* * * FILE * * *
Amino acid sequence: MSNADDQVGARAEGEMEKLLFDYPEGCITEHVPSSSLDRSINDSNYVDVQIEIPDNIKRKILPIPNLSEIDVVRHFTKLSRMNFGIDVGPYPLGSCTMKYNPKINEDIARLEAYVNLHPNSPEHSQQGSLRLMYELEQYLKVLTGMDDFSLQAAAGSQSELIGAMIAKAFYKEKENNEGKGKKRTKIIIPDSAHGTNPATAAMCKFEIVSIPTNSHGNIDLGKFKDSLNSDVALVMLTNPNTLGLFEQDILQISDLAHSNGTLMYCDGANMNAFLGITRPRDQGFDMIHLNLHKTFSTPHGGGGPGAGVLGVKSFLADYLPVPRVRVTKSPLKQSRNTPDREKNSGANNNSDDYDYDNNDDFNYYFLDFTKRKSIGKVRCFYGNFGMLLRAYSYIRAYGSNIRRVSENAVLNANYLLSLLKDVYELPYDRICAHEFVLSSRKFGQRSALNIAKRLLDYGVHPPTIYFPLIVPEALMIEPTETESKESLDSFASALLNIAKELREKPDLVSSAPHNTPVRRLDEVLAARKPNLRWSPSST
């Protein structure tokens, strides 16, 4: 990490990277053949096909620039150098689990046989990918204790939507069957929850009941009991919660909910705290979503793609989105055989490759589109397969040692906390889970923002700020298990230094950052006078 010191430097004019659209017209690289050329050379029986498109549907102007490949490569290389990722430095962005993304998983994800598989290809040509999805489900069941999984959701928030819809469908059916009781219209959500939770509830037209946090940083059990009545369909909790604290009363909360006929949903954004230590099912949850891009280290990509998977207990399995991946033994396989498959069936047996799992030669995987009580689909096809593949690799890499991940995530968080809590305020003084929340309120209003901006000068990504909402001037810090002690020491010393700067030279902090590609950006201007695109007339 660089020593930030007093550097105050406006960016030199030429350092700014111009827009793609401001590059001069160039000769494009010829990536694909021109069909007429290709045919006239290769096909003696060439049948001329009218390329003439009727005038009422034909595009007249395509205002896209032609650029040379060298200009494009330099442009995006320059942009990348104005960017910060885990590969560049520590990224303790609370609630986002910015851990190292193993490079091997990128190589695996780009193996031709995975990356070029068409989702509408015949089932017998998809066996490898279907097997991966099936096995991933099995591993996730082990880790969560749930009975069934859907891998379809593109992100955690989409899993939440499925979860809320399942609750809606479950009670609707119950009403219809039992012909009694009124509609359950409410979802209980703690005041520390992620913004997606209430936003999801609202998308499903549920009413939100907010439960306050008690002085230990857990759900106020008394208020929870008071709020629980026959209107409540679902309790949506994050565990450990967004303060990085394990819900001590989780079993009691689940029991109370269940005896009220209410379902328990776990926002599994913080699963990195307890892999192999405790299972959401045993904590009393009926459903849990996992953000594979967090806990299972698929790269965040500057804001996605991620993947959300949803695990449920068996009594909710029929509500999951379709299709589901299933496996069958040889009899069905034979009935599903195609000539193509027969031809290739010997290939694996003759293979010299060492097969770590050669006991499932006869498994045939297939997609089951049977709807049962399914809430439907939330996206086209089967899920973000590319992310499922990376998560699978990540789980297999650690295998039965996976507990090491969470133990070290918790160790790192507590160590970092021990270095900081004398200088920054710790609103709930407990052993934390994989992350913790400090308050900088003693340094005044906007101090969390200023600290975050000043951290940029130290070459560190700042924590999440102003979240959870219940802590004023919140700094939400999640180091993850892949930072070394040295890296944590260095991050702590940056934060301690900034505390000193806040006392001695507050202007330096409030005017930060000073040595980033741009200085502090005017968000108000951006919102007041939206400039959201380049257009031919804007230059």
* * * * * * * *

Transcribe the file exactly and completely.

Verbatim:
Amino acid sequence: MSNADDQVGARAEGEMEKLLFDYPEGCITEHVPSSSLDRSINDSNYVDVQIEIPDNIKRKILPIPNLSEIDVVRHFTKLSRMNFGIDVGPYPLGSCTMKYNPKINEDIARLEAYVNLHPNSPEHSQQGSLRLMYELEQYLKVLTGMDDFSLQAAAGSQSELIGAMIAKAFYKEKENNEGKGKKRTKIIIPDSAHGTNPATAAMCKFEIVSIPTNSHGNIDLGKFKDSLNSDVALVMLTNPNTLGLFEQDILQISDLAHSNGTLMYCDGANMNAFLGITRPRDQGFDMIHLNLHKTFSTPHGGGGPGAGVLGVKSFLADYLPVPRVRVTKSPLKQSRNTPDREKNSGANNNSDDYDYDNNDDFNYYFLDFTKRKSIGKVRCFYGNFGMLLRAYSYIRAYGSNIRRVSENAVLNANYLLSLLKDVYELPYDRICAHEFVLSSRKFGQRSALNIAKRLLDYGVHPPTIYFPLIVPEALMIEPTETESKESLDSFASALLNIAKELREKPDLVSSAPHNTPVRRLDEVLAARKPNLRWSPSST
């Protein structure tokens, strides 16, 4: 990490990277053949096909620039150098689990046989990918204790939507069957929850009941009991919660909910705290979503793609989105055989490759589109397969040692906390889970923002700020298990230094950052006078 010191430097004019659209017209690289050329050379029986498109549907102007490949490569290389990722430095962005993304998983994800598989290809040509999805489900069941999984959701928030819809469908059916009781219209959500939770509830037209946090940083059990009545369909909790604290009363909360006929949903954004230590099912949850891009280290990509998977207990399995991946033994396989498959069936047996799992030669995987009580689909096809593949690799890499991940995530968080809590305020003084929340309120209003901006000068990504909402001037810090002690020491010393700067030279902090590609950006201007695109007339 660089020593930030007093550097105050406006960016030199030429350092700014111009827009793609401001590059001069160039000769494009010829990536694909021109069909007429290709045919006239290769096909003696060439049948001329009218390329003439009727005038009422034909595009007249395509205002896209032609650029040379060298200009494009330099442009995006320059942009990348104005960017910060885990590969560049520590990224303790609370609630986002910015851990190292193993490079091997990128190589695996780009193996031709995975990356070029068409989702509408015949089932017998998809066996490898279907097997991966099936096995991933099995591993996730082990880790969560749930009975069934859907891998379809593109992100955690989409899993939440499925979860809320399942609750809606479950009670609707119950009403219809039992012909009694009124509609359950409410979802209980703690005041520390992620913004997606209430936003999801609202998308499903549920009413939100907010439960306050008690002085230990857990759900106020008394208020929870008071709020629980026959209107409540679902309790949506994050565990450990967004303060990085394990819900001590989780079993009691689940029991109370269940005896009220209410379902328990776990926002599994913080699963990195307890892999192999405790299972959401045993904590009393009926459903849990996992953000594979967090806990299972698929790269965040500057804001996605991620993947959300949803695990449920068996009594909710029929509500999951379709299709589901299933496996069958040889009899069905034979009935599903195609000539193509027969031809290739010997290939694996003759293979010299060492097969770590050669006991499932006869498994045939297939997609089951049977709807049962399914809430439907939330996206086209089967899920973000590319992310499922990376998560699978990540789980297999650690295998039965996976507990090491969470133990070290918790160790790192507590160590970092021990270095900081004398200088920054710790609103709930407990052993934390994989992350913790400090308050900088003693340094005044906007101090969390200023600290975050000043951290940029130290070459560190700042924590999440102003979240959870219940802590004023919140700094939400999640180091993850892949930072070394040295890296944590260095991050702590940056934060301690900034505390000193806040006392001695507050202007330096409030005017930060000073040595980033741009200085502090005017968000108000951006919102007041939206400039959201380049257009031919804007230059």